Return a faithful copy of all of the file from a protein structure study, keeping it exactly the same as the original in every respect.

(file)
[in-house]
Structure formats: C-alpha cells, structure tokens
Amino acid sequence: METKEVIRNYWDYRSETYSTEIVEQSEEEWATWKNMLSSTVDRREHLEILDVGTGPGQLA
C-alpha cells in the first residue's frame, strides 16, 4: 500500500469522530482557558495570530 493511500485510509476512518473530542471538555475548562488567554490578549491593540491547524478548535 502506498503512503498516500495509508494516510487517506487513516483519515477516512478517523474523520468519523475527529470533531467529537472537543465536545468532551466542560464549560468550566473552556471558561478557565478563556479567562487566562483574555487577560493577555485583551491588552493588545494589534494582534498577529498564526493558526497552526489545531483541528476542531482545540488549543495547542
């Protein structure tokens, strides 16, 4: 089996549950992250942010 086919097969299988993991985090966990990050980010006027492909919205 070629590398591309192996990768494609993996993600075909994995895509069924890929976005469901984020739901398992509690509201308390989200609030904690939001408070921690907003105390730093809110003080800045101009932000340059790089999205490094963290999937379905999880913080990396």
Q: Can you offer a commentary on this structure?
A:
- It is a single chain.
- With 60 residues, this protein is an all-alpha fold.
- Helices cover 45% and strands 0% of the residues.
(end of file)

[in-house]
Structure formats: C-alpha cells, structure tokens
Amino acid sequence: METKEVIRNYWDYRSETYSTEIVEQSEEEWATWKNMLSSTVDRREHLEILDVGTGPGQLA
C-alpha cells in the first residue's frame, strides 16, 4: 500500500469522530482557558495570530 493511500485510509476512518473530542471538555475548562488567554490578549491593540491547524478548535 502506498503512503498516500495509508494516510487517506487513516483519515477516512478517523474523520468519523475527529470533531467529537472537543465536545468532551466542560464549560468550566473552556471558561478557565478563556479567562487566562483574555487577560493577555485583551491588552493588545494589534494582534498577529498564526493558526497552526489545531483541528476542531482545540488549543495547542
């Protein structure tokens, strides 16, 4: 089996549950992250942010 086919097969299988993991985090966990990050980010006027492909919205 070629590398591309192996990768494609993996993600075909994995895509069924890929976005469901984020739901398992509690509201308390989200609030904690939001408070921690907003105390730093809110003080800045101009932000340059790089999205490094963290999937379905999880913080990396």
Q: Can you offer a commentary on this structure?
A:
- It is a single chain.
- With 60 residues, this protein is an all-alpha fold.
- Helices cover 45% and strands 0% of the residues.